While fans may not reduce the temperature, they are much more cost-effective than HVAC units and help increase ventilation. The air from the fan also creates a cooling effect on your body.
It is best to use the fans in conjunction with your air conditioner. It would help if you run your fans counterclockwise in the summers to push air straight down and create a windchill effect. It’ll increase the airflow of the conditioned air.
Remember to clean your fans regularly. Dust on fans can overheat the motor, making them less efficient. Cleaning your fan can also reduce drag, improving its ability to circulate air. You can use a damp cloth to get rid of dust. For grease, an all-purpose cleaner sprayed on kitchen towels may work.
If your fan has loose screws, it might be unstable and shaky. This can reduce its ability to push air, making it work a lot harder than it should. Tightening or replacing loose screws will go a long way in improving your fan’s performance.
8. Turn on the Exhaust Fans
Bathroom and kitchen exhaust fans can make your upstairs air conditioner’s job a whole lot easier by removing hot air and allowing cold air to replace it. They also help reduce the high humidity in these areas.
9. Place Electric Fans In The Second-Floor Windows
If the windows on your second-floor open, place floor fans in them, facing outwards. This will help suck hot air out of your room. Electric fans are a good alternative if your exhaust fans are not working correctly.
10. Get Creative With Your Fan Placement
Experiment a little with your electric fan placement and try to create a cross breeze. Place one electric fan facing inwards, near a window that gets the most shade, to blow cool air into your house. Place another fan facing outwards, near a window on the opposite side, to push hot air out.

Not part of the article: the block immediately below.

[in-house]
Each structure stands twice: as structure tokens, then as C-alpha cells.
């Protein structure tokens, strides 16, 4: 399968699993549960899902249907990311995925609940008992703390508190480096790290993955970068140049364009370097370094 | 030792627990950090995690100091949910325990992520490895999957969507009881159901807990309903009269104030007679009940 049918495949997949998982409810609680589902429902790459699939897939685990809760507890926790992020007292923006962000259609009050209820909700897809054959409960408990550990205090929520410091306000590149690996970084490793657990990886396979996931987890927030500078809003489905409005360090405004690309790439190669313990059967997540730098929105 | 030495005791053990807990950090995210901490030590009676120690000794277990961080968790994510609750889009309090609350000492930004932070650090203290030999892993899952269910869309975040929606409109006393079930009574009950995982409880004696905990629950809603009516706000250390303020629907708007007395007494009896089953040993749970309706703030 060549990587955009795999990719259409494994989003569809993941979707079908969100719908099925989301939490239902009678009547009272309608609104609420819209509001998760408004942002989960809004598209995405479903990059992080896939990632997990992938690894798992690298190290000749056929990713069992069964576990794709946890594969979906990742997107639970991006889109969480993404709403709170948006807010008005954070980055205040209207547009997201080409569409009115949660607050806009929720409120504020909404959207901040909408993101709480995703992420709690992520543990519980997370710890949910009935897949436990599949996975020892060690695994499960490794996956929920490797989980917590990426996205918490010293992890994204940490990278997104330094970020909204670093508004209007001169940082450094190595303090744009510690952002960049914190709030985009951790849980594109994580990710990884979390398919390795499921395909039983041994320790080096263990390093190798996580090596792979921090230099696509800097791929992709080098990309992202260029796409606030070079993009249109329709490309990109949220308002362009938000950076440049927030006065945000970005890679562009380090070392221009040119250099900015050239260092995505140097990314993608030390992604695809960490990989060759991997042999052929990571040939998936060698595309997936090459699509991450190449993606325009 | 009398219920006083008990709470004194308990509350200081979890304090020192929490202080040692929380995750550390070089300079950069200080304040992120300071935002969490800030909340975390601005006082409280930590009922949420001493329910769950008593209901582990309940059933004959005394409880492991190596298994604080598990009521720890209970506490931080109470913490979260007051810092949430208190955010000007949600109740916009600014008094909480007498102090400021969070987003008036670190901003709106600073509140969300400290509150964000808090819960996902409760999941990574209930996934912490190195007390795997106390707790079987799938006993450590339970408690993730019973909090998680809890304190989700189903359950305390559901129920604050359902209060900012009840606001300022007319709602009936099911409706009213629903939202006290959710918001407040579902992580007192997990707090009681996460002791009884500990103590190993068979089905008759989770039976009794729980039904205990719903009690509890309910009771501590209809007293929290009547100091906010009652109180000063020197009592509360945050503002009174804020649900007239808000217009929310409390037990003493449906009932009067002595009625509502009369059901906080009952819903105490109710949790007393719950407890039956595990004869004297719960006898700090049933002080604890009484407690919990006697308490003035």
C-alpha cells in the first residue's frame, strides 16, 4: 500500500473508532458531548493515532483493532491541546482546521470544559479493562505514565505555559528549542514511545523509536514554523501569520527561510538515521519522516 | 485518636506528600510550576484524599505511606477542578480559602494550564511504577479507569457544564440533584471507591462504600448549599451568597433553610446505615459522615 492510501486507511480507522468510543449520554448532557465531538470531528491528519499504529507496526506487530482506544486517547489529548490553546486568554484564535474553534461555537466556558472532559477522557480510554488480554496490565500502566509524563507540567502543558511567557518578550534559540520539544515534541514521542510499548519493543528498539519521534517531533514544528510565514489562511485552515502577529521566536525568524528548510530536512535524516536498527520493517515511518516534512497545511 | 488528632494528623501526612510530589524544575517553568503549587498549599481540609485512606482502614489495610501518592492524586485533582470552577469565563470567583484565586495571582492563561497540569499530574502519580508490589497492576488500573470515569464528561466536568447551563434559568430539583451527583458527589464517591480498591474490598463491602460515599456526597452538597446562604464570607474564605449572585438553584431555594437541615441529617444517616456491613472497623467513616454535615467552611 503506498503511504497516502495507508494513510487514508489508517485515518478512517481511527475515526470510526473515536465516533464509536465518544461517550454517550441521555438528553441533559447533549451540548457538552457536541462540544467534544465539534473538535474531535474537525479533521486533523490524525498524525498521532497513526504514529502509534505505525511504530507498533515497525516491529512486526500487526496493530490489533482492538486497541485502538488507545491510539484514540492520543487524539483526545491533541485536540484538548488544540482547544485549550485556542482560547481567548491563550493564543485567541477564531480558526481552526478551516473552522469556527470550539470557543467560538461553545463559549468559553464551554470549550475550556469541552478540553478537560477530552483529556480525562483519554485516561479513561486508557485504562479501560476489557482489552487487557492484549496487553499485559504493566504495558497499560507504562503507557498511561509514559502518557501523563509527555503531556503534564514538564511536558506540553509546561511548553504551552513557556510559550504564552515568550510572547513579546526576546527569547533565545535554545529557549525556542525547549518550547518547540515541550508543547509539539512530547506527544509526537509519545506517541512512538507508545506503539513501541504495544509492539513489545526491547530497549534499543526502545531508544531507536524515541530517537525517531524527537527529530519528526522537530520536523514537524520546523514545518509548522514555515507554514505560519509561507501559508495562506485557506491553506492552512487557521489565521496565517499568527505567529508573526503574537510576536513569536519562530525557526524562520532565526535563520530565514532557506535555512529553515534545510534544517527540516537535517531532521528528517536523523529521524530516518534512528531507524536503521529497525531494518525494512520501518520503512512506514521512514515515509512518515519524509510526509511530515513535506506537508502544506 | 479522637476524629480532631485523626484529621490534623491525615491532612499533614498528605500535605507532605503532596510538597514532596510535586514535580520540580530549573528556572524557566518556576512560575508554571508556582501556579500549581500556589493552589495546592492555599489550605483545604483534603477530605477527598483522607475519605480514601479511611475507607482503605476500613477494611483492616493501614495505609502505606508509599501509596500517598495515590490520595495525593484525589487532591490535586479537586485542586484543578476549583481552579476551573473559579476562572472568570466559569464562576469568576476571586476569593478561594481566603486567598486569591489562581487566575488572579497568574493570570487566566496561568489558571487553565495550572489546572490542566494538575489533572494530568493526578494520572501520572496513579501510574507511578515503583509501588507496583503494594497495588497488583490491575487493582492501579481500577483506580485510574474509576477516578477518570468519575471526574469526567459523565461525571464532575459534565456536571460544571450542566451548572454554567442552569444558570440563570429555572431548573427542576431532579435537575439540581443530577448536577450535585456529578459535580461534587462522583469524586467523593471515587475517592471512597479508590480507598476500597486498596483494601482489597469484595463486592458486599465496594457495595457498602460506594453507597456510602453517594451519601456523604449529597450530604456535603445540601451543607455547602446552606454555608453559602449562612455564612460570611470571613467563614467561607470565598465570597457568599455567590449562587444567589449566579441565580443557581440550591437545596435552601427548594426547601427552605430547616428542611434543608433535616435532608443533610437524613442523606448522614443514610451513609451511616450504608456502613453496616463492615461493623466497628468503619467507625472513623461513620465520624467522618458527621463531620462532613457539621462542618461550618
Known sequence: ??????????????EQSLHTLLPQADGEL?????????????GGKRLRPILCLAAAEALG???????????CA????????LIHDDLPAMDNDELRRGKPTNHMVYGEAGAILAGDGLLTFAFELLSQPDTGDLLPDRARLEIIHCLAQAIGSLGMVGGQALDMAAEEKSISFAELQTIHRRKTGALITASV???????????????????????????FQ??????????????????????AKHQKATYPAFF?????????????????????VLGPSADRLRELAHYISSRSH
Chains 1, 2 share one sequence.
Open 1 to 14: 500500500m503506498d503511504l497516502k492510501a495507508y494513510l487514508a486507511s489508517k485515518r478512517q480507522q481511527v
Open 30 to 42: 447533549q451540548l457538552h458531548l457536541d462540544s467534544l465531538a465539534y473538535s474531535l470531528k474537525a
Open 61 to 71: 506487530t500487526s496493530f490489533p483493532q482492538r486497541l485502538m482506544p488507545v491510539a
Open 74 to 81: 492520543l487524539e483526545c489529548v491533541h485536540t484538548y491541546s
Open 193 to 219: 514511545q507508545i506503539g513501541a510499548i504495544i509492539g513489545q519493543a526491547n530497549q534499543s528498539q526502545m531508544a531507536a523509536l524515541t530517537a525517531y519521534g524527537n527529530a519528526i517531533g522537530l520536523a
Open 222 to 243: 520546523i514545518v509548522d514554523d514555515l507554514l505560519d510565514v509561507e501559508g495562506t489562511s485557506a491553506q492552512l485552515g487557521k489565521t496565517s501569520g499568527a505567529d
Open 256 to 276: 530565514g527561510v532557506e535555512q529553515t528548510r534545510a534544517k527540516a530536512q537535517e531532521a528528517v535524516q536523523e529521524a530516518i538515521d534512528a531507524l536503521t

To make the upstairs cooler, place the outward-facing fans on your second floor, and the inward-facing fans on your first floor.
11. Heat-Proof Your Bed
If your room is on the second floor and you are having trouble falling asleep due to the heat, an excellent energy-saving tip is to heat-proof your bed.
Opt for bedsheets made of light, breathable materials such as cotton. You can also invest in cooling mattress pads that absorb heat.
12. Retreat to the Basement or First Floor During Peak Summer Days
If all else fails, you can take advantage of the fact that cold air sinks and shift to the first floor or the basement (if you have one). You’ll feel a notable difference and feel much comfortable.
However, that is the last resort. There is a lot you can do to cool upstairs of a two-story home.
A chilly second-floor may seem like a distant dream during the height of summers. However, armed with these tips, you will undoubtedly be able to relax and escape the summer heat.